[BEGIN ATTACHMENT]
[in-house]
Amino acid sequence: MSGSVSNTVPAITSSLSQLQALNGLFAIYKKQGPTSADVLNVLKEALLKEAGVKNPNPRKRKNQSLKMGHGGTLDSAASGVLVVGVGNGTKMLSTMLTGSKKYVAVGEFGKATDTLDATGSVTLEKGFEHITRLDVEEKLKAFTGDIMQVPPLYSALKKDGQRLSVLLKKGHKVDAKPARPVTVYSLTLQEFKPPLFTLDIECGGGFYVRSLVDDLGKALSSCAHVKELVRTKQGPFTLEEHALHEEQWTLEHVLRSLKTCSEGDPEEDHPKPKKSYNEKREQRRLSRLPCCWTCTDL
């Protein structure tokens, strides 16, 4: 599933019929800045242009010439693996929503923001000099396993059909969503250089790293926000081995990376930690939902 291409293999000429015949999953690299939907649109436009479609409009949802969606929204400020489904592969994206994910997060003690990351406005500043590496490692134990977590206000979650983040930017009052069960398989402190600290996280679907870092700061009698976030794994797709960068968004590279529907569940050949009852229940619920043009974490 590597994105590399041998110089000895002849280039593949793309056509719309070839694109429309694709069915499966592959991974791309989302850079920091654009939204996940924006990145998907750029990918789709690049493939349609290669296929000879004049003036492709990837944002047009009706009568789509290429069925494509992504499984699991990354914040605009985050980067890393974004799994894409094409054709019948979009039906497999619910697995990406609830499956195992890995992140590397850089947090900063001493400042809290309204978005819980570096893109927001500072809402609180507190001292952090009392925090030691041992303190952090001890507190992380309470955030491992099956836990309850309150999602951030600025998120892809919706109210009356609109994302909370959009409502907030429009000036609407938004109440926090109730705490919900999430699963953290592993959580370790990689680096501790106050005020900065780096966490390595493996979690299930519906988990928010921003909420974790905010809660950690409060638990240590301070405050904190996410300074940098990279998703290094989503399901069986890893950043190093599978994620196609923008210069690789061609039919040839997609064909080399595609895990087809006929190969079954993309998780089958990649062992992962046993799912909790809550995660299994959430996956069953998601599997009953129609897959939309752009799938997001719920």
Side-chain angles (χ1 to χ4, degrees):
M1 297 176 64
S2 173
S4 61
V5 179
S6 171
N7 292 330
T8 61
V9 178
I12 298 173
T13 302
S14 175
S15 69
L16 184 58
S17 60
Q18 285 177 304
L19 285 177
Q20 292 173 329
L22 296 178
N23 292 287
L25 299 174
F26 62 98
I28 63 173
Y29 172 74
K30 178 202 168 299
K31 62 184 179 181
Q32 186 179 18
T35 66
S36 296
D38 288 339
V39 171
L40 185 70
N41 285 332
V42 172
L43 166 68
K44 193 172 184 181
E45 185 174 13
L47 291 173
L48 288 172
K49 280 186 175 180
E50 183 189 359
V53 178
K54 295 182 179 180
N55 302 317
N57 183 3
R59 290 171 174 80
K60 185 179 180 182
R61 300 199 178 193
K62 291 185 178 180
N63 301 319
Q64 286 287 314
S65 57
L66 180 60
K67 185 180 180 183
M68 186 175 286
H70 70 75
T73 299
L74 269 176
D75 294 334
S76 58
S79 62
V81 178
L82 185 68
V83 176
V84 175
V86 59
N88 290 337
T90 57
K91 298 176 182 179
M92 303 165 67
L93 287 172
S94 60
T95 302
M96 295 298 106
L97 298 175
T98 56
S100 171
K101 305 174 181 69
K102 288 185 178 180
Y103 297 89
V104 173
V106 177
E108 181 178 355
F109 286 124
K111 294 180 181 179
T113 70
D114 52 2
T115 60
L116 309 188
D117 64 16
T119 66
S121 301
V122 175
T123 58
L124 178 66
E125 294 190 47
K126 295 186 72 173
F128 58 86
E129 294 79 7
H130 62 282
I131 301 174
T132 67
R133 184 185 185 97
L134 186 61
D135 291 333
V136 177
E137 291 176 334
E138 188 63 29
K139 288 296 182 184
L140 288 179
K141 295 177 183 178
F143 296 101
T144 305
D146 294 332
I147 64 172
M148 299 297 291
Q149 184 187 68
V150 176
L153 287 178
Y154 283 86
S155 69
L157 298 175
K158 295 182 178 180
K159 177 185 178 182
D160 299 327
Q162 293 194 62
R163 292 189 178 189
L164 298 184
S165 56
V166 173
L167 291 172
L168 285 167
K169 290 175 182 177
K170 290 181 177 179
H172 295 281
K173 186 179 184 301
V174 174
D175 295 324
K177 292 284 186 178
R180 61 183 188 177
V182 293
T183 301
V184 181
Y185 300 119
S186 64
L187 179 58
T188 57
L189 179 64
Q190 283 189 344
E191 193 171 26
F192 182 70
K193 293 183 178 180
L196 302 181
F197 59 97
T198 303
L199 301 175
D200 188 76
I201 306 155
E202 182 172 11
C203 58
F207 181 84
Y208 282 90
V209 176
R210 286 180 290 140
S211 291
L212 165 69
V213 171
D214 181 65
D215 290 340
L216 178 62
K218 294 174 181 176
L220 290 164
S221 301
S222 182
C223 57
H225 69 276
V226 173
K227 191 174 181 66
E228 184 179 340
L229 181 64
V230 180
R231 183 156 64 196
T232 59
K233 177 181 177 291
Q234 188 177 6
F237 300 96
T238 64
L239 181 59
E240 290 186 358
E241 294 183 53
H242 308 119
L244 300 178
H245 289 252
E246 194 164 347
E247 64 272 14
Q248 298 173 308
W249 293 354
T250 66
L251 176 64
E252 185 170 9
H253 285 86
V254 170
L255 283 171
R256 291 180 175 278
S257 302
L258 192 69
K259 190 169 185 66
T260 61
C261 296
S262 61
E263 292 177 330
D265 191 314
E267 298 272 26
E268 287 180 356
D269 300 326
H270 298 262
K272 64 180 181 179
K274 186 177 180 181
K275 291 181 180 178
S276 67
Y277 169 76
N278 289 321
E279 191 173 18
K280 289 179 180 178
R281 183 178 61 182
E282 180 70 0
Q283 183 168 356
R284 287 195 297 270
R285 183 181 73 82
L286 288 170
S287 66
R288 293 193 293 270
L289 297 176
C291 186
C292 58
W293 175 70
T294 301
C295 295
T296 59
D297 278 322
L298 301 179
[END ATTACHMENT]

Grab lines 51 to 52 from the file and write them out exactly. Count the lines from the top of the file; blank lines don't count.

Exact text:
R61 300 199 178 193
K62 291 185 178 180